By Emily McCloskey, Manager, Policy and Legislative Affairs
Today, NASTAD released an infographic analyzing viral hepatitis funding. State health departments receive less than $1 dollar in federal funding for every person living with viral hepatitis for the Viral Hepatitis Prevention Coordinator (VHPC) program. The VHPC program is the only national program dedicated to the viral hepatitis epidemics and provides the only public health infrastructure for the prevention of viral hepatitis and linking individuals to care and treatment. In order to meet the goals established by the Viral Hepatitis Action Plan, the VHPC program must continue to be funded in all existing jurisdictions and increased resources are necessary to coordinate prevention efforts at the state and local levels. Continue reading
By The Register’s Editorial Board
Originally published in The Des Moines Register
The Des Moines Register
Sometimes Iowa lawmakers pursue legislation without a good grasp of the their decisions. That occurred in 1998 when the Legislature gave in to a knee-jerk response to a high-profile national news story about a man from New York who was HIV-positive who had intentionally exposed women to the virus. Continue reading
By Oscar Mairena, Manager, Viral Hepatitis/Policy and Legislative Affairs
Panelists at the NASTAD and Harm Reduction Coalition Congressional Briefing.
Last year, the Viral Hepatitis Prevention Coordinator (VHPC) in Massachusetts, Dan Church, wrote a post about the increasing rate of acute hepatitis C (HCV) infection among young persons who inject drugs in Massachusetts and the health department’s efforts to prevent new infections, identify existing cases, educate individuals vulnerable to acquisition, and enhance surveillance and data collection to better address the epidemic. Since then, more health departments have reported this trend, especially among young persons who begin using prescription opioids and transition to injecting heroin. Earlier this week, NASTAD partnered with the Harm Reduction Coalition to host a Congressional Briefing, An Emerging Epidemic: The Public Health Response to Hepatitis C Infection among Young People who Use Drugs, to bring this issue to light, educate Congressional staff and reinforce the role of public health in addressing emerging health concerns. Continue reading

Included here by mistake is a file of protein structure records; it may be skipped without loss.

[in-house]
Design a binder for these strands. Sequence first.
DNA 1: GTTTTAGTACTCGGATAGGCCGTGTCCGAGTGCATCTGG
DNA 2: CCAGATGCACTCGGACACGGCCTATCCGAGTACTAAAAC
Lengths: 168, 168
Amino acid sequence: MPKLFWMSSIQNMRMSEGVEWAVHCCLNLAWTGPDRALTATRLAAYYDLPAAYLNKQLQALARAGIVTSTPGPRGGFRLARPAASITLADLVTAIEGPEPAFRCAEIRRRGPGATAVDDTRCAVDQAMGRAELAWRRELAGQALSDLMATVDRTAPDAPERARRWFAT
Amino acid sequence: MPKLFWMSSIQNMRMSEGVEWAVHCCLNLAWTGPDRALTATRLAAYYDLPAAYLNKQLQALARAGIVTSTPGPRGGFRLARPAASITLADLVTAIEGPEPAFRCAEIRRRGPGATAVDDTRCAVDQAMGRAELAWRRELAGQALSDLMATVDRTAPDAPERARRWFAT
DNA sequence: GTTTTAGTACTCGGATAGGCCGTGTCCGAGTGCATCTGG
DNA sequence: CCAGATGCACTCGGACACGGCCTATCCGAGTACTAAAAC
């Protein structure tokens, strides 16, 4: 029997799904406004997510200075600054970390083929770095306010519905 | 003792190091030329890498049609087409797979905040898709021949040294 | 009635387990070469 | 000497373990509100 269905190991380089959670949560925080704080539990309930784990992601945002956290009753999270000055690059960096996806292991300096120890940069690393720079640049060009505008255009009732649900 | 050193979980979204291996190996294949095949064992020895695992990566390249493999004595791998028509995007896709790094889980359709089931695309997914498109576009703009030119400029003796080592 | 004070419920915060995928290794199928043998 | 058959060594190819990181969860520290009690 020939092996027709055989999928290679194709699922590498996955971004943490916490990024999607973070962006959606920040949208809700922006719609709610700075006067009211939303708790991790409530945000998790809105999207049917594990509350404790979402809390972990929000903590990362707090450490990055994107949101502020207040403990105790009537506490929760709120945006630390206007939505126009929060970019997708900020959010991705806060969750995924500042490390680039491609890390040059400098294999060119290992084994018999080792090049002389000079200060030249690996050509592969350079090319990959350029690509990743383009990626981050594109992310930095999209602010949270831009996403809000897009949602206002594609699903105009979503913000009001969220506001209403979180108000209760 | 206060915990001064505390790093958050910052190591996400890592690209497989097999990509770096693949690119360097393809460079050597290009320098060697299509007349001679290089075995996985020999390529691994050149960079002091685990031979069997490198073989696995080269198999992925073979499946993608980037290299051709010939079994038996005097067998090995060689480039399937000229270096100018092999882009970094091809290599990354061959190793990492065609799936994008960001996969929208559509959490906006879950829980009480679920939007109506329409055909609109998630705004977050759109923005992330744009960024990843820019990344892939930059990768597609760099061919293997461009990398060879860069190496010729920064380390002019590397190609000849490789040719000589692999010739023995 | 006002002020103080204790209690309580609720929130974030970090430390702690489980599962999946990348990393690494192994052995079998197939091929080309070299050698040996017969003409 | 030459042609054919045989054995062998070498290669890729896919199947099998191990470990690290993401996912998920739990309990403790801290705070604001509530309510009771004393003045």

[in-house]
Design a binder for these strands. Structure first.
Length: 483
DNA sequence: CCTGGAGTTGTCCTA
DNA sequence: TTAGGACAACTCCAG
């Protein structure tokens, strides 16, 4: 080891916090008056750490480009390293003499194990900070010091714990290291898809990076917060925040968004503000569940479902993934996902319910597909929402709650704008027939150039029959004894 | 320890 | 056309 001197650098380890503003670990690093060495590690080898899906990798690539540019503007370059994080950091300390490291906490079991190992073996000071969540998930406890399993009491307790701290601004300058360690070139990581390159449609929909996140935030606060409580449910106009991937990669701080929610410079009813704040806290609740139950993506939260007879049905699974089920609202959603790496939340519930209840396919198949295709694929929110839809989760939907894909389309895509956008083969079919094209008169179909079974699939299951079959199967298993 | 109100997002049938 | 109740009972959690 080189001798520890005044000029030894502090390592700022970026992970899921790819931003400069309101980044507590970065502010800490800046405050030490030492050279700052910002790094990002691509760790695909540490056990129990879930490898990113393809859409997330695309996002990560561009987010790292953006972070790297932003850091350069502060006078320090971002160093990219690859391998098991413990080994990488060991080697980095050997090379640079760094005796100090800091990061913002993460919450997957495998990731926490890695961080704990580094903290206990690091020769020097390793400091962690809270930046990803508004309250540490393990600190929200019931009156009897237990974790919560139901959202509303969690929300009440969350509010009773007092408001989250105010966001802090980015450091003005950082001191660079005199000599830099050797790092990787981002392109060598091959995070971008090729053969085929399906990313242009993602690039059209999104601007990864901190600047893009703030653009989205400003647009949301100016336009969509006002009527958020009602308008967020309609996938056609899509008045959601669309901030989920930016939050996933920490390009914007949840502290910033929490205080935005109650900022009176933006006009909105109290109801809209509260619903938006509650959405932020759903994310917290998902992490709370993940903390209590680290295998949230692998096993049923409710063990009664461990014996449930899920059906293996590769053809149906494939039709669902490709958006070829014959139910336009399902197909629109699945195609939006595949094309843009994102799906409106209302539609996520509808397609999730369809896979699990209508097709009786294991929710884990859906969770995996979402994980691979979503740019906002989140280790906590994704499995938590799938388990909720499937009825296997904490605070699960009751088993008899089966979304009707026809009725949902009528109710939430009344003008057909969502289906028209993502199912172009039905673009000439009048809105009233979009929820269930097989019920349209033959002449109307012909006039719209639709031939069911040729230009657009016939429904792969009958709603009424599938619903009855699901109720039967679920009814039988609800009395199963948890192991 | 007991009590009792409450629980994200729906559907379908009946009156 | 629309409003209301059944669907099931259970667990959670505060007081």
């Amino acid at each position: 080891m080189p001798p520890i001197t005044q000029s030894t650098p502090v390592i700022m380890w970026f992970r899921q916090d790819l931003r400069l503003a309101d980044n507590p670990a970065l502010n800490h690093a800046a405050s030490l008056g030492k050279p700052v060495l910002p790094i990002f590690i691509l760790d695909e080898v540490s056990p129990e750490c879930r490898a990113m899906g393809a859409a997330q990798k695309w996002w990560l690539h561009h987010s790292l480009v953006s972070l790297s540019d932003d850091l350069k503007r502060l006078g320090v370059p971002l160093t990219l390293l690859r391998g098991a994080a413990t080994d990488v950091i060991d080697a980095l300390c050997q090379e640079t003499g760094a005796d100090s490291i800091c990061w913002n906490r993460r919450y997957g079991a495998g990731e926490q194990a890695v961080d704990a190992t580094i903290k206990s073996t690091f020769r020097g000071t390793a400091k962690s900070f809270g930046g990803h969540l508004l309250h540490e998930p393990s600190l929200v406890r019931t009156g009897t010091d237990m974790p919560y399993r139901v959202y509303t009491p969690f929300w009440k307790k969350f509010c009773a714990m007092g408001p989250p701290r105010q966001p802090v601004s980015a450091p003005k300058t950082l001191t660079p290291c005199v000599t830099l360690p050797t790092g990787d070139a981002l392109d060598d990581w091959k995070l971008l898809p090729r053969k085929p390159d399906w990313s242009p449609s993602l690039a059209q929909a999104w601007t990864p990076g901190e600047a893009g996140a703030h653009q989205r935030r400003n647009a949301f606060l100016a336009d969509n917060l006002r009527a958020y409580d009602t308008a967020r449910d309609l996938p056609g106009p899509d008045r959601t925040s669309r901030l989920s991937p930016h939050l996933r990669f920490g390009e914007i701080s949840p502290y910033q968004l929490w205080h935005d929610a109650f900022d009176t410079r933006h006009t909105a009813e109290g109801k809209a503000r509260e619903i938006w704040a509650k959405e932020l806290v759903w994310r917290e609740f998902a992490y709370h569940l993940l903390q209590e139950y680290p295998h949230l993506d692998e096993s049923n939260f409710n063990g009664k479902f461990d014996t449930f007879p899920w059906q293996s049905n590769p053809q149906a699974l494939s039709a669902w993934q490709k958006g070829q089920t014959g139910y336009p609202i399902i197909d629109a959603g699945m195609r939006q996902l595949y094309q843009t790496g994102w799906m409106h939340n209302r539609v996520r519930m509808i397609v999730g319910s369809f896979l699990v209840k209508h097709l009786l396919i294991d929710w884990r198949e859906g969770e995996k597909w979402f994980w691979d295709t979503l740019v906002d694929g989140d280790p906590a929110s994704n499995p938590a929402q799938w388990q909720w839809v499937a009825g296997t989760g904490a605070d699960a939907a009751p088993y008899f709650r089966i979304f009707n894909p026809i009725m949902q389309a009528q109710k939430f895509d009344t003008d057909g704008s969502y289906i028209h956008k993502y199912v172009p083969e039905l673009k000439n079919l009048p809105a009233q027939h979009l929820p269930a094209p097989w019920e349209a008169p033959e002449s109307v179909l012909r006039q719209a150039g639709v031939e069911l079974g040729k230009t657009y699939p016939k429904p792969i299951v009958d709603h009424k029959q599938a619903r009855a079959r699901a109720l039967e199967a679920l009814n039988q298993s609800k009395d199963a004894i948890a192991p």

By Michelle Allen, Associate, Policy and Legislative Affairs, NASTAD
Today, NASTAD joins in the observation of National Women and Girls HIV/AIDS Awareness Day (NWGHAAD) to recognize the impact of HIV on women and girls across the country. Since 2006, this day has been observed to raise awareness and encourage communities to take action in the fight against HIV/AIDS. The facts are clear, of the 50,000 adults and adolescents newly diagnosed with HIV in 2011, one in five was female. Among women, women of color account for nearly two-thirds of new AIDS diagnoses, and at some point in their lifetimes, 1 in 32 Black women and 1 in 106 Latinas will be diagnosed with HIV. Most of these women, roughly 86%, were infected with HIV by having condomless, heterosexual sex. Educating women, across all communities is an important piece of preventing further spread of the epidemic, and that makes this year’s theme, “Share Knowledge. Take Action,” that much more important. Continue reading
By Randy Mayer, Chief, Bureau of HIV, STD, and Hepatitis, Iowa Department of Public Health
(Originally reported in The Des Moines Register)
Recent advances in HIV prevention and care have been nothing short of remarkable. It appears we have finally turned a corner on the HIV epidemic.
Randy Mayer, Chief, Bureau of HIV, STD, and Hepatitis, Iowa Department of Public Health
Medications can now prevent HIV infection if taken before or after exposure. Combinations of medications can nearly eliminate the ability of infected persons who strictly adhere to medication regimens to transmit the virus.
Testing soon after infection, promoting immediate treatment regardless of symptoms, and ensuring continued access to medications and adherence to treatment regimens help greatly decrease HIV transmission. Public health programs help those newly diagnosed with HIV to notify and advise their partners to be tested. Continue reading